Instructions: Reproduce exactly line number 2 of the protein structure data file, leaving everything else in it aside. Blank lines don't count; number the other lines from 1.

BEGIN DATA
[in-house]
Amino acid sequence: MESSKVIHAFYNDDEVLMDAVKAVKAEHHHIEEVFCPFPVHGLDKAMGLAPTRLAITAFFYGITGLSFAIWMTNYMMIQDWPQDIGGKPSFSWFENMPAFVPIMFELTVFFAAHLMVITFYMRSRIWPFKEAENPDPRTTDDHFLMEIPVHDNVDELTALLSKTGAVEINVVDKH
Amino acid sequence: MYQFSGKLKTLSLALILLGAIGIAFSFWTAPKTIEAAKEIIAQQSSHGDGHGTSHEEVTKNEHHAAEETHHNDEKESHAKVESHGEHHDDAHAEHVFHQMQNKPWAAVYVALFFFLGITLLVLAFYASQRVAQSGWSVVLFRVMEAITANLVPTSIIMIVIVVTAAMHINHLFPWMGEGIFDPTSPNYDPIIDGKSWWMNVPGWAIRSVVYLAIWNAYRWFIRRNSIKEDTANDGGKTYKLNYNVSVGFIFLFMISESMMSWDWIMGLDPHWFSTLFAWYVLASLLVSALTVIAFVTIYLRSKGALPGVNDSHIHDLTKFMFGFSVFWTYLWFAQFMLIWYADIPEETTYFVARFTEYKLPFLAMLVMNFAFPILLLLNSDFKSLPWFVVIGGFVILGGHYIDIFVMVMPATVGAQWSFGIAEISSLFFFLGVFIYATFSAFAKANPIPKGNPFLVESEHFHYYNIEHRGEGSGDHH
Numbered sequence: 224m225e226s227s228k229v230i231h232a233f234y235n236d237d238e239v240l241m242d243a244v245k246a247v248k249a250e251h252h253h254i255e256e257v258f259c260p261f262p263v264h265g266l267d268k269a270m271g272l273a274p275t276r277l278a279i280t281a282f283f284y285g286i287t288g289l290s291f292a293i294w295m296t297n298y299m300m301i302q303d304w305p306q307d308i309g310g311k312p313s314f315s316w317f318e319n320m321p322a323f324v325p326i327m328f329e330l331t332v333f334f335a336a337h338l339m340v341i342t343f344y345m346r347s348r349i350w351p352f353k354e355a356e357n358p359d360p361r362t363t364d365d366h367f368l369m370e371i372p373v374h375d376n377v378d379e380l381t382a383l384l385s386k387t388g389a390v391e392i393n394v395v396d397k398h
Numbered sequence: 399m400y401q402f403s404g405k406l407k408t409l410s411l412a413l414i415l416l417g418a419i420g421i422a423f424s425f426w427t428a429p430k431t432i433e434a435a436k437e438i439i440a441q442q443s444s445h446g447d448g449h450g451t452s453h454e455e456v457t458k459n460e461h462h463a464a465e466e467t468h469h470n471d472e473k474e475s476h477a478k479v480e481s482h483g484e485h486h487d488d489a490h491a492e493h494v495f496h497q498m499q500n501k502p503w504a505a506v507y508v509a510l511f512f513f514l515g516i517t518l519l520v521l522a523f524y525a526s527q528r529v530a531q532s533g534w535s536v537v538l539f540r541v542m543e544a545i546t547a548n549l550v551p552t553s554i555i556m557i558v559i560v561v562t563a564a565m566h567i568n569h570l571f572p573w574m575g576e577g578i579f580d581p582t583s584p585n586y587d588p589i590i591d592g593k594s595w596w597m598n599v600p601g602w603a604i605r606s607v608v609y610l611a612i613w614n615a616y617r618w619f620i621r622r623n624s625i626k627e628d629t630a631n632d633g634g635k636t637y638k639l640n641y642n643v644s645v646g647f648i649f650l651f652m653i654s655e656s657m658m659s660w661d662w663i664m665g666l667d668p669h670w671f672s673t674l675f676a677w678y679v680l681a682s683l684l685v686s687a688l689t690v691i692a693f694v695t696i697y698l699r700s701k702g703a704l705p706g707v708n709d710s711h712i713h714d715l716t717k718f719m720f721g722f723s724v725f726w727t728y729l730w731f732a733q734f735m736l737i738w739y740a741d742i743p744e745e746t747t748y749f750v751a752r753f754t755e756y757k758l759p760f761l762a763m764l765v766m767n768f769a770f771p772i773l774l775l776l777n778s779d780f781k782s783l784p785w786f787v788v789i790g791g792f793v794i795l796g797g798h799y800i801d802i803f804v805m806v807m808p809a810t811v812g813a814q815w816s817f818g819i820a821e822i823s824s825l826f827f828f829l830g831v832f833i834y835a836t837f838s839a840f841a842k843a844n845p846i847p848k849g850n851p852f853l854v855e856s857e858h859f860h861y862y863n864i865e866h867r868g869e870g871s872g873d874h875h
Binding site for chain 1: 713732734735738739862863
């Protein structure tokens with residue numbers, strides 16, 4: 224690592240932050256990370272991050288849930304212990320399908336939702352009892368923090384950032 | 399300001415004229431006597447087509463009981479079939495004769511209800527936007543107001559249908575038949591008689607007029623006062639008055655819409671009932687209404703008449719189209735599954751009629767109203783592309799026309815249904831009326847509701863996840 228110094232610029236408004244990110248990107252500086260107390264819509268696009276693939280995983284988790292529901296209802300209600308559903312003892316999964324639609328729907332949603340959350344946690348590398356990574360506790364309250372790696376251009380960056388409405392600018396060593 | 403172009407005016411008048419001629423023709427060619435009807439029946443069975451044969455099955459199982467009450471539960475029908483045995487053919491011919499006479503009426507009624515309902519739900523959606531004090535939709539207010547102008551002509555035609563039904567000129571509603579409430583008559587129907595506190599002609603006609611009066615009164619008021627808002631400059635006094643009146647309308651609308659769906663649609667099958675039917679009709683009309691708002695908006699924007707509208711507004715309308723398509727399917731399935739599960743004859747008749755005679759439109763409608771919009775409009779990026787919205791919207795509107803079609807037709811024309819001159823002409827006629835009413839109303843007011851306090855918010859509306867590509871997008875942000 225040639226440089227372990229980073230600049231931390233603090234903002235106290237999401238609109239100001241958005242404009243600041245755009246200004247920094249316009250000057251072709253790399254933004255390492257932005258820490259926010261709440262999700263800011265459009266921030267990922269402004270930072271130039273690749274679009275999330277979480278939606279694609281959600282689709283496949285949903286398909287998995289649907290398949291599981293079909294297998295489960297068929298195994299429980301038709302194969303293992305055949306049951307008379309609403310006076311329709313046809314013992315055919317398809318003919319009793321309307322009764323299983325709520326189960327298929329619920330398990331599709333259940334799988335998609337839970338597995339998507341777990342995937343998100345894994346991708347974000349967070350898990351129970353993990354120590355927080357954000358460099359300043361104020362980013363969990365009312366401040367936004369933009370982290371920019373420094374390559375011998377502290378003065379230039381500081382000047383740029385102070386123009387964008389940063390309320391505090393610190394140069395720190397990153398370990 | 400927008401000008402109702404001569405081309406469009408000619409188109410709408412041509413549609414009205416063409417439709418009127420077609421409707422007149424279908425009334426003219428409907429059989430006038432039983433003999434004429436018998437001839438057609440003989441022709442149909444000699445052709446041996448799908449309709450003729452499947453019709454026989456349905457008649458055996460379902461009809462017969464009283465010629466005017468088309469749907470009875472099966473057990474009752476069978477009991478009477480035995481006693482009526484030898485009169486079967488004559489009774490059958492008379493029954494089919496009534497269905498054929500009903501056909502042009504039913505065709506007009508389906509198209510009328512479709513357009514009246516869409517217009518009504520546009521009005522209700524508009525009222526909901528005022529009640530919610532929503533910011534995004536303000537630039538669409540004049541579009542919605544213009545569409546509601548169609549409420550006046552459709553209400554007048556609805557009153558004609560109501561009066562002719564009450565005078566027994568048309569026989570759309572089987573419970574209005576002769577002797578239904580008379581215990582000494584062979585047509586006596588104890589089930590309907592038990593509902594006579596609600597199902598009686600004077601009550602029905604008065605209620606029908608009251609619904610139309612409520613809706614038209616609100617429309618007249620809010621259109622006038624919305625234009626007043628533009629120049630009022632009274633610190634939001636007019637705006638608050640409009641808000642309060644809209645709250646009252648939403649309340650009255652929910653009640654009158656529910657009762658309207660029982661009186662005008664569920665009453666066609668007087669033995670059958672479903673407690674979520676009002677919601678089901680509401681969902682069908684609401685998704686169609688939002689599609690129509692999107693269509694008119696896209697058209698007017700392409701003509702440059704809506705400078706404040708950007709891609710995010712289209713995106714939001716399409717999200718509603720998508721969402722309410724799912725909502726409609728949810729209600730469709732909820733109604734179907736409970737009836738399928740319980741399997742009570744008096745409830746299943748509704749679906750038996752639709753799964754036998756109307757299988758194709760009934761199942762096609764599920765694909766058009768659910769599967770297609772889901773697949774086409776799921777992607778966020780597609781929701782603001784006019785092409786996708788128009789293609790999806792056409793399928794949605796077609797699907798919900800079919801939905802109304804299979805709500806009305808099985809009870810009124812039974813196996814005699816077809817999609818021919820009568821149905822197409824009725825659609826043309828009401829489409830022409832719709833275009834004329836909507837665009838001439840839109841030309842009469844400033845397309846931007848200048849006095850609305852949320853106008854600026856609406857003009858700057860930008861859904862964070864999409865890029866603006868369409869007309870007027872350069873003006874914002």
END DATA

Amino acid sequence: MESSKVIHAFYNDDEVLMDAVKAVKAEHHHIEEVFCPFPVHGLDKAMGLAPTRLAITAFFYGITGLSFAIWMTNYMMIQDWPQDIGGKPSFSWFENMPAFVPIMFELTVFFAAHLMVITFYMRSRIWPFKEAENPDPRTTDDHFLMEIPVHDNVDELTALLSKTGAVEINVVDKH